quasi in rem

Friday, June 04, 2004

Attention Sports Fans

Another huge sports weekend with so many choices. The Memorial Golf Tournament, which will be Tiger's be shot in a while to get off the schnide, the first game of the NBA Championship (the Lakers will win a close one here and go on to win the Finals in 6), the French open, featuring Ruskies and Argentinians (I think one of the Russian women finalists may be attractive but other than that meh), baseball, hot dogs and ultimate dodgeball.

But most importantly, are the Belmont Stakes and this weekend's fight card.

The Belmont is really a non-betting event for this year. Everyone, other than the other 8 jockey's and their owners in the field, wants Smarty Jones to win. He is only a 2/5 favorite right now, but I think that will grow by the time they open the gate. The problem is, why bet? If he wins you will win a few bucks in addition to seeing the first triple crown in decades. If he loses you compound your dissappointment with a betting loss. My inside betting source, lets call him Stumpy "Withers" McPhee, tells me to put $10.00 on Jones and just watch the race as a fan of racing. I tend to agree. I think he will win, but more than that, I really hope he wins, by a lot. If you must bet at least go for the exacta with Rock Hard Ten. It won't pay much but it increases your take a little.

If he wins it will be great and Philly will finally have a winner. (Although the fact that the horse is from Philly means that no-one should be surprised if Smarty Jones walks out of the gate, throws his jockey, and just lays down while a bunch of blue jays, rams, raiders, packers, lakers etc. etc. gather around and laugh laugh laugh.)

Also this weekend is nice little preview two fight cards featuring the funeral director Bernard Hopkins and Oscar "please buy my Crappy Album" de la Hoya. Hopkins may or may not show depending on his taste of referees but assuming both fights go off, here is what my inside boxing source, lets call him Punchy "Tin-Chin" McGraw, says about the fight:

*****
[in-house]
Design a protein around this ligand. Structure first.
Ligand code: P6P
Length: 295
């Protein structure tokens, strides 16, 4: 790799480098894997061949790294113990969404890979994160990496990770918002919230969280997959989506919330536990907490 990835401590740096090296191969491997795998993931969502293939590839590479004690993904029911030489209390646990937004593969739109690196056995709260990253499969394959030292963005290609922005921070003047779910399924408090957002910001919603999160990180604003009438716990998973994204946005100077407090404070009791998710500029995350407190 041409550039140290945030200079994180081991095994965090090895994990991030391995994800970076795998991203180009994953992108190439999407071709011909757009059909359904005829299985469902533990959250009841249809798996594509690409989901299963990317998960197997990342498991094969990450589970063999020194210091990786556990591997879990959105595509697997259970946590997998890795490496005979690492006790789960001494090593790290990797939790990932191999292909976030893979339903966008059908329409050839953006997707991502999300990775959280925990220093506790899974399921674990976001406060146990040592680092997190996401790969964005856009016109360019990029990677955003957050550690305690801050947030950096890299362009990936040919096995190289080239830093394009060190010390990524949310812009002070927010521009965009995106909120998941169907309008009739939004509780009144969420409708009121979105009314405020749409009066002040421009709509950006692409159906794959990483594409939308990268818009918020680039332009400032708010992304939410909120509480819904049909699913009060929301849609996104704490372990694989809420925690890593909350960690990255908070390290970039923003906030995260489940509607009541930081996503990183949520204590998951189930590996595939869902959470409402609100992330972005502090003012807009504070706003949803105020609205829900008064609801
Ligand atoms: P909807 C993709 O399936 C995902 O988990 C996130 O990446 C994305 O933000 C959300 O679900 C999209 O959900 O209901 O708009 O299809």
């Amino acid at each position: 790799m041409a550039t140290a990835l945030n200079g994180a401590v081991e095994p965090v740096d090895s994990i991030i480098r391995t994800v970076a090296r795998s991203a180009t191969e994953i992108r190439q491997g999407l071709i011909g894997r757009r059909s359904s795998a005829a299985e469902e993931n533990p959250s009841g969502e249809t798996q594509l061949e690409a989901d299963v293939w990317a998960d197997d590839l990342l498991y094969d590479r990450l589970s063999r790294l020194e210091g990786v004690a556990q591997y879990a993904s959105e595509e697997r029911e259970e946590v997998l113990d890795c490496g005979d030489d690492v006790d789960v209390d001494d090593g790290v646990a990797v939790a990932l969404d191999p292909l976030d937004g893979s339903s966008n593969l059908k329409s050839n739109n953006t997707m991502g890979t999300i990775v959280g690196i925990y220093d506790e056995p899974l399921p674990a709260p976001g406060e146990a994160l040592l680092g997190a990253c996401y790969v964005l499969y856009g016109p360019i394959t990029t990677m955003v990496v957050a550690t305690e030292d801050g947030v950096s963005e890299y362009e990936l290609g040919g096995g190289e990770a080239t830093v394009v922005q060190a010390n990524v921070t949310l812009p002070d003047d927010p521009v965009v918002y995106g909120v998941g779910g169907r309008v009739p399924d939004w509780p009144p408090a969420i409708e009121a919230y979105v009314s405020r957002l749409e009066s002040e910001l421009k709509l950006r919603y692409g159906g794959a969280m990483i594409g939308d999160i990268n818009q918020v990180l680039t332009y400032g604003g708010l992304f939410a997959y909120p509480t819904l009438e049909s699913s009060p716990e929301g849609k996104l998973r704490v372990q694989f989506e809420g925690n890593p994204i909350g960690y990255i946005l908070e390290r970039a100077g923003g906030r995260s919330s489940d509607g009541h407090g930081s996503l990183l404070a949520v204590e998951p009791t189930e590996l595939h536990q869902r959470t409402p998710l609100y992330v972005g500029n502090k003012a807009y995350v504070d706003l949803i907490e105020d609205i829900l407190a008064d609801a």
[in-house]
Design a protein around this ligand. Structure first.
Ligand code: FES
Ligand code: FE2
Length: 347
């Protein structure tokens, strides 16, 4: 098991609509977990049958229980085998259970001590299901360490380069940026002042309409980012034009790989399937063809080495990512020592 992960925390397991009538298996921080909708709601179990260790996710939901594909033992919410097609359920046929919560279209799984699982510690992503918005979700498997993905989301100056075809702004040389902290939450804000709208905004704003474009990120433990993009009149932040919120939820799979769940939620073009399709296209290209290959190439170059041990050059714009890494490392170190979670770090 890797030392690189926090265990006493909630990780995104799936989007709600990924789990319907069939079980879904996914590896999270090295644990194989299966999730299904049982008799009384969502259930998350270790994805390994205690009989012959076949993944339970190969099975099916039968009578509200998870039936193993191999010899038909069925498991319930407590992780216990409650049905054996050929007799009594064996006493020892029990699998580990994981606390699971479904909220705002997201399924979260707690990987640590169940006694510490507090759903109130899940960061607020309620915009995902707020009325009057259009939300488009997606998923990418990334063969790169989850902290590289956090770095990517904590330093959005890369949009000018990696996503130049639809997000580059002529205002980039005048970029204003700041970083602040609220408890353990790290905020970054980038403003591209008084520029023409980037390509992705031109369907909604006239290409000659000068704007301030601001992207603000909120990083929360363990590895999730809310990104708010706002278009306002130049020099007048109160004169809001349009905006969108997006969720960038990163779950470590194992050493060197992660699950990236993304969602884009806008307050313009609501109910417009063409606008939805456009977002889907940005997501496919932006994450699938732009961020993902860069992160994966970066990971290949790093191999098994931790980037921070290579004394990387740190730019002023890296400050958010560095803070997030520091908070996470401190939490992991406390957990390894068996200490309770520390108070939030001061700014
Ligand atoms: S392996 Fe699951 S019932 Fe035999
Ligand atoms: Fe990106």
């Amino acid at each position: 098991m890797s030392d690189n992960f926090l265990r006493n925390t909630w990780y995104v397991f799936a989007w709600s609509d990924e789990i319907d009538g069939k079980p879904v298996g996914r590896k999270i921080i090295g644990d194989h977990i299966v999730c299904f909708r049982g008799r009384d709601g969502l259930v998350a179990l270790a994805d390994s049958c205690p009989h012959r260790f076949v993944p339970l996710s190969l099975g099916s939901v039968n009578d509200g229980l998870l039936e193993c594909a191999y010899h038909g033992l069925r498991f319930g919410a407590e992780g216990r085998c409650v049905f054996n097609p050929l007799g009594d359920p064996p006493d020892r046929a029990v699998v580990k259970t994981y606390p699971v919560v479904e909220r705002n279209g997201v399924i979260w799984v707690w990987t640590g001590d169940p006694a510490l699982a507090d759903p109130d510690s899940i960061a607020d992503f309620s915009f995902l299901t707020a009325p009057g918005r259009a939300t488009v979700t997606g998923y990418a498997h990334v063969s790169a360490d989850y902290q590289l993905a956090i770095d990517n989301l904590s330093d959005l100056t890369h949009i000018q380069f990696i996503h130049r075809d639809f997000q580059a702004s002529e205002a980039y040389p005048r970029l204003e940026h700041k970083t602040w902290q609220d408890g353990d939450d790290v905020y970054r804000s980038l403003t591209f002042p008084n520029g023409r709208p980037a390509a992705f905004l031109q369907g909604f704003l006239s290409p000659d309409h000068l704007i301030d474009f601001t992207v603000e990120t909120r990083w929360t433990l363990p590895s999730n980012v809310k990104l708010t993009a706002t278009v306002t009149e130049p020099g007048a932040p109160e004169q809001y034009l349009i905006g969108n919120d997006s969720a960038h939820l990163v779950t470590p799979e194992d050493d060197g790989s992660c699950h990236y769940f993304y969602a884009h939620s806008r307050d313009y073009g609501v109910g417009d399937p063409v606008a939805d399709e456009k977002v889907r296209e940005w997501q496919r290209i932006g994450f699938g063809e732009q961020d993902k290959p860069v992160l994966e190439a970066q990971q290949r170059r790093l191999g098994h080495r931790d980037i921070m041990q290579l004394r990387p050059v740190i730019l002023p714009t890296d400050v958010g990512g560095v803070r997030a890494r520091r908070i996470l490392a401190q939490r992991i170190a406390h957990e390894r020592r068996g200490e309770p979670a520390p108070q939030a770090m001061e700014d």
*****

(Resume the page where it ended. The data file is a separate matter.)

Hopkins will cruise to a decision or late-round stoppage over Allen. Allen is a solid, well-rounded fighter, but everything Allen does well, Hopkins does better. So there is no way I can envision Allen fighting Allen's fight and winning. Hopkins TKO'd Allen in nine in one of their earlier fights (the other was a NC when Hopkins hurt his ankle b/c of roughhousing), and I expect about the same thing again. Expect some entertainment in the early rounds, but watch Bernard systematically break down his man and win a late-round TKO or lop-sided decision.

De La Hoya-Sturm is much harder for me to handicap because, like most Americans, I've never seen Sturm fight. Sturm has a very good amateur background. He fought (under his real name, Adnan Catic) at 156 in the 2000 Olympics and lost a 19-14 to the brilliant Jermain Taylor. As a pro he is 20-0 (9 KOs) against so-so opposition. Oscar is a tremendous step up for Sturm. But Sturm has the advantage of being the natural middleweight, he looks to be in tremendous condition, and he has everything to gain from this fight. I expect a much, much tougher contest that the oddsmakers predict. Without having seen him box, I can't predict a Sturm upset, and nothing in Sturm professional record suggests that he can handle a fighter of De La Hoya's caliber. My prediction: De La Hoya UD 12.

I think that de la Hoya is aching for a knockdown to prove himself at this new weight class and will be considerably less cautious than in previous fights.

I predict de la Hoya by TKO in the 4rth.


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